BREXIT was a gift to the peoples of Europe by those in Britain who voted to leave the European Union, argue the authors of Beyond Brexit: The Blueprint. As a consequence of the referendum decision, the EU is undertaking a review of the crises facing Europe. At their meeting in Rome in March 2017, to celebrate the 60th anniversary of the Treaty of Rome, governments from 27 countries – with the UK absent – will receive a plan from Brussels on how to address the problems which, in large measure, were due to fundamental flaws in the way the European project evolved.
But the proposals for reform will not include the restructuring of taxation. VAT alone is costing Europe at least €1 trillion a year in deadweight losses – the value of wealth and welfare that would be created if Europe’s governments raised their revenue from economic rent rather than from the regressive VAT, according to emeritus professor of economics Mason Gaffney in his contribution to Beyond Brexit. Co-author Fred Harrison estimates that the UK would be producing around £500bn more, if people were not burdened by what he calls the Treadmill Taxes on wages and profits.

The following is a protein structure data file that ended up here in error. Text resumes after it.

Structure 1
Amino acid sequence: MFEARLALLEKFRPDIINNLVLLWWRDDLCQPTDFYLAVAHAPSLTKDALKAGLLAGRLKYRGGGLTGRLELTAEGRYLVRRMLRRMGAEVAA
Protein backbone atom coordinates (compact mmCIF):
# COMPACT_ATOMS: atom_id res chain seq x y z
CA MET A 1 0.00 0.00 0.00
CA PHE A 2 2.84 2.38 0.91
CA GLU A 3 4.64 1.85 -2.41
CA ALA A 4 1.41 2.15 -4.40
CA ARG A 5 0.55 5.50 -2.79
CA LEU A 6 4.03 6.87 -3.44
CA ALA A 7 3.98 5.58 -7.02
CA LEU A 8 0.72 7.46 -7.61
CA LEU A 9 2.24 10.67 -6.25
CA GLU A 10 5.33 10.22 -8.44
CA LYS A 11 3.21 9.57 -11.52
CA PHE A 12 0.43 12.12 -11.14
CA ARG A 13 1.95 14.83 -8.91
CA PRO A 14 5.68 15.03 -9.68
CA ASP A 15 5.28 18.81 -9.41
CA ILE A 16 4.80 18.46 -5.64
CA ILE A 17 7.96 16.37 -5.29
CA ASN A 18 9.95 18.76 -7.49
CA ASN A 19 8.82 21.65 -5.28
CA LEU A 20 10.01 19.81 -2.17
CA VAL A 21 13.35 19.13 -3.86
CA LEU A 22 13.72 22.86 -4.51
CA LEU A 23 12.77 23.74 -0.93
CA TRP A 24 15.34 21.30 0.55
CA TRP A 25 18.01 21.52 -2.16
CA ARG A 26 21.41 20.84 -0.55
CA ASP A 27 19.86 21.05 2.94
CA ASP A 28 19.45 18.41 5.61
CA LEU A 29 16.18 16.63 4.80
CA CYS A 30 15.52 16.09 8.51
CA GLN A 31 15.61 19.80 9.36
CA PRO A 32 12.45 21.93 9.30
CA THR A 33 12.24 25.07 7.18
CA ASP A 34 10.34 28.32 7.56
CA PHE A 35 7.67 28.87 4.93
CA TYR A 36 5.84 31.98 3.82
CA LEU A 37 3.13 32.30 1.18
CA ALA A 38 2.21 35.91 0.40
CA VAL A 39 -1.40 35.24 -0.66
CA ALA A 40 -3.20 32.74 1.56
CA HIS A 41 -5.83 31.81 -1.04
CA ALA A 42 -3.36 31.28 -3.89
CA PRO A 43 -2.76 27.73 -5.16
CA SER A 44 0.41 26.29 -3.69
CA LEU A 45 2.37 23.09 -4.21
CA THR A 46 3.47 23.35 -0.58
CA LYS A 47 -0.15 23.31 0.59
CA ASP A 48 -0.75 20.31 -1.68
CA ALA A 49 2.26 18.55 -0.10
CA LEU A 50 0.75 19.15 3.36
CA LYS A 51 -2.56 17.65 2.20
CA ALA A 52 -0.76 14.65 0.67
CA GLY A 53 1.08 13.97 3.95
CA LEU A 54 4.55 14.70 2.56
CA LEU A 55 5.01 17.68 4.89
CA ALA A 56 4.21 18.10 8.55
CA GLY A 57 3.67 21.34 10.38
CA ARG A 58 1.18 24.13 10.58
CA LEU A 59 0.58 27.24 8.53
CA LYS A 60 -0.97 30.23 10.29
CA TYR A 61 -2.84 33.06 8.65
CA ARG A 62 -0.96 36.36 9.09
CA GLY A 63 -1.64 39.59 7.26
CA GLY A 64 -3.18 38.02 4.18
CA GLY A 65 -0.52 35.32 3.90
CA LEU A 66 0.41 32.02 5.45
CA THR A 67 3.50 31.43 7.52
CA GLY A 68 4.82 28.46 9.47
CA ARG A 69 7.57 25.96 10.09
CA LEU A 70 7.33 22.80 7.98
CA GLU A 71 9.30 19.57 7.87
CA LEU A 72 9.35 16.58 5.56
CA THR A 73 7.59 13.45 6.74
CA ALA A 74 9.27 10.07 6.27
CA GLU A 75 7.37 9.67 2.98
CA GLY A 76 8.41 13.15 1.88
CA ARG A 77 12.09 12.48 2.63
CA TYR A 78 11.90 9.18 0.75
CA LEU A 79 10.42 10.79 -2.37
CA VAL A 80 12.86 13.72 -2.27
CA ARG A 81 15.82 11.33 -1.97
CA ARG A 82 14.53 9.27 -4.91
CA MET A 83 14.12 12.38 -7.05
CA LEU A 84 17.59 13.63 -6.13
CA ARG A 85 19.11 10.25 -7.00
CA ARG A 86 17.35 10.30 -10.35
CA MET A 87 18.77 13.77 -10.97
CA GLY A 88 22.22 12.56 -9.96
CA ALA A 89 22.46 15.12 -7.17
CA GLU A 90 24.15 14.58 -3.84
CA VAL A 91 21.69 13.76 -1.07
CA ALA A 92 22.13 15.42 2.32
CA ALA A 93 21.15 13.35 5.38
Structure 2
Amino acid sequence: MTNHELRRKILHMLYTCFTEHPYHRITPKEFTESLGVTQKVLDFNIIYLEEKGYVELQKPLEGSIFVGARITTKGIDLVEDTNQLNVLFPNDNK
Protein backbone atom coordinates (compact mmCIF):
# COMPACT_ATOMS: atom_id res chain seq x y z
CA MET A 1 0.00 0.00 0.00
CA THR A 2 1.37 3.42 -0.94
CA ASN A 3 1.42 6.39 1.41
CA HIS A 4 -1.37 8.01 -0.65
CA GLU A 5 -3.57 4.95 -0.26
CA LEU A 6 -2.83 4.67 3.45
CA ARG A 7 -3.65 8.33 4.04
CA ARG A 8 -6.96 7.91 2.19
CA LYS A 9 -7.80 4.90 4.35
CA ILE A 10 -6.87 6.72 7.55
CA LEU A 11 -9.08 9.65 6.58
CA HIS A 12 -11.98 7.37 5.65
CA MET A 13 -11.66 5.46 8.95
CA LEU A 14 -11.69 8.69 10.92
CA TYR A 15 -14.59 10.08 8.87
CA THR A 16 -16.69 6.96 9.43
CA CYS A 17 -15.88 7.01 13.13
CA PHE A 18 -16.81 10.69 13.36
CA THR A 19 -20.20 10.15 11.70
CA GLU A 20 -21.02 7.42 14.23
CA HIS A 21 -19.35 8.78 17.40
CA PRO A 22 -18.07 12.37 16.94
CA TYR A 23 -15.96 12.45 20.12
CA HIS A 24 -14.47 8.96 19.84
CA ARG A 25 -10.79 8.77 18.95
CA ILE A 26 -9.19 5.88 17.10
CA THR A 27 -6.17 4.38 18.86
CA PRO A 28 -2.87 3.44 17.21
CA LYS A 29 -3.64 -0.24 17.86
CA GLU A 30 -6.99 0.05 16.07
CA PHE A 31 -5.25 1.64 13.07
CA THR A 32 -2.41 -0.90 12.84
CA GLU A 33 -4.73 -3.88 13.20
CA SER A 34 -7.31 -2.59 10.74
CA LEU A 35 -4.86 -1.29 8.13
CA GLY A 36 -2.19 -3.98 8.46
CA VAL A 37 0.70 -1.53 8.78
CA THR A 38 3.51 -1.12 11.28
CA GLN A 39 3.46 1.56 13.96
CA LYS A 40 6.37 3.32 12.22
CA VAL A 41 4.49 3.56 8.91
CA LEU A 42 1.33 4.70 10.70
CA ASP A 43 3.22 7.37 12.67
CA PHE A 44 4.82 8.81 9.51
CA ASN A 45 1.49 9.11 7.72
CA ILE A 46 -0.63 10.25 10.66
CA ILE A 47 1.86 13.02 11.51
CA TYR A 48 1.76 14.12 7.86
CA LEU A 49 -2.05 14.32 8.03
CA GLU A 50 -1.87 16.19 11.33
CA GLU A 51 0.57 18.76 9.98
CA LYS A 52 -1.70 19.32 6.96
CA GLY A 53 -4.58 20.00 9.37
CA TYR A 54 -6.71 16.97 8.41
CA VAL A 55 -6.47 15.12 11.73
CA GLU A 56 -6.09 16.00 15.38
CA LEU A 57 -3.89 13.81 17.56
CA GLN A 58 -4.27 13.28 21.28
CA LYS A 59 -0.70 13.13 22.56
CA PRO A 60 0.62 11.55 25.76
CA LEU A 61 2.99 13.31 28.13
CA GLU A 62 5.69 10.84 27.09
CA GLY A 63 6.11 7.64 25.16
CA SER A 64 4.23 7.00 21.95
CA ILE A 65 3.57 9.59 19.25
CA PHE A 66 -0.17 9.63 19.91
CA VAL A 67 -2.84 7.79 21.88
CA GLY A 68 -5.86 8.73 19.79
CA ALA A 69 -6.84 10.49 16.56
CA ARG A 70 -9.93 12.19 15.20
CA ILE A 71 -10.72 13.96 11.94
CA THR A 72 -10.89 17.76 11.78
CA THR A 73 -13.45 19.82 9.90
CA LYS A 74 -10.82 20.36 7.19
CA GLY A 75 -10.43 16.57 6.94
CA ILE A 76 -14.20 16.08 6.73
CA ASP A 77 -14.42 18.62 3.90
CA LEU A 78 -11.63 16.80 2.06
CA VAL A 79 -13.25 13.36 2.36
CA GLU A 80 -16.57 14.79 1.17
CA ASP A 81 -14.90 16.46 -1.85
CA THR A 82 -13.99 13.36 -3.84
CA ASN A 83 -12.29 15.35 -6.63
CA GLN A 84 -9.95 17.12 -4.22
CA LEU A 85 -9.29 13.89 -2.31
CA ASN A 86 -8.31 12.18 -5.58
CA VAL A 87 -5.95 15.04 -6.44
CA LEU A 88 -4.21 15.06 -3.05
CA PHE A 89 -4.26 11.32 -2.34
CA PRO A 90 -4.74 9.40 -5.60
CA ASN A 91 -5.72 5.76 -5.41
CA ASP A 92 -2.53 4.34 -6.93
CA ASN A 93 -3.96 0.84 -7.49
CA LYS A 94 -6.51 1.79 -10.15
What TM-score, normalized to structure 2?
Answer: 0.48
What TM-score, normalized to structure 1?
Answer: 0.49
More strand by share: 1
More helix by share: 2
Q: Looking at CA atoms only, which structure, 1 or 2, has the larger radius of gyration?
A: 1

Treating Brexit as the historic opportunity to redefine how the UK views itself, Harrison analyses how a switch in the fiscal system would emancipate people psychologically, spiritually and materially. And by shifting taxes off earned incomes, the home market would expand by more than what would be lost if the EU imposes tariffs on British exports. According to Harrison, that would shift the negotiating power in favour of the UK, leading to a settlement with the EU that would be to the mutual advantage of everyone in Europe.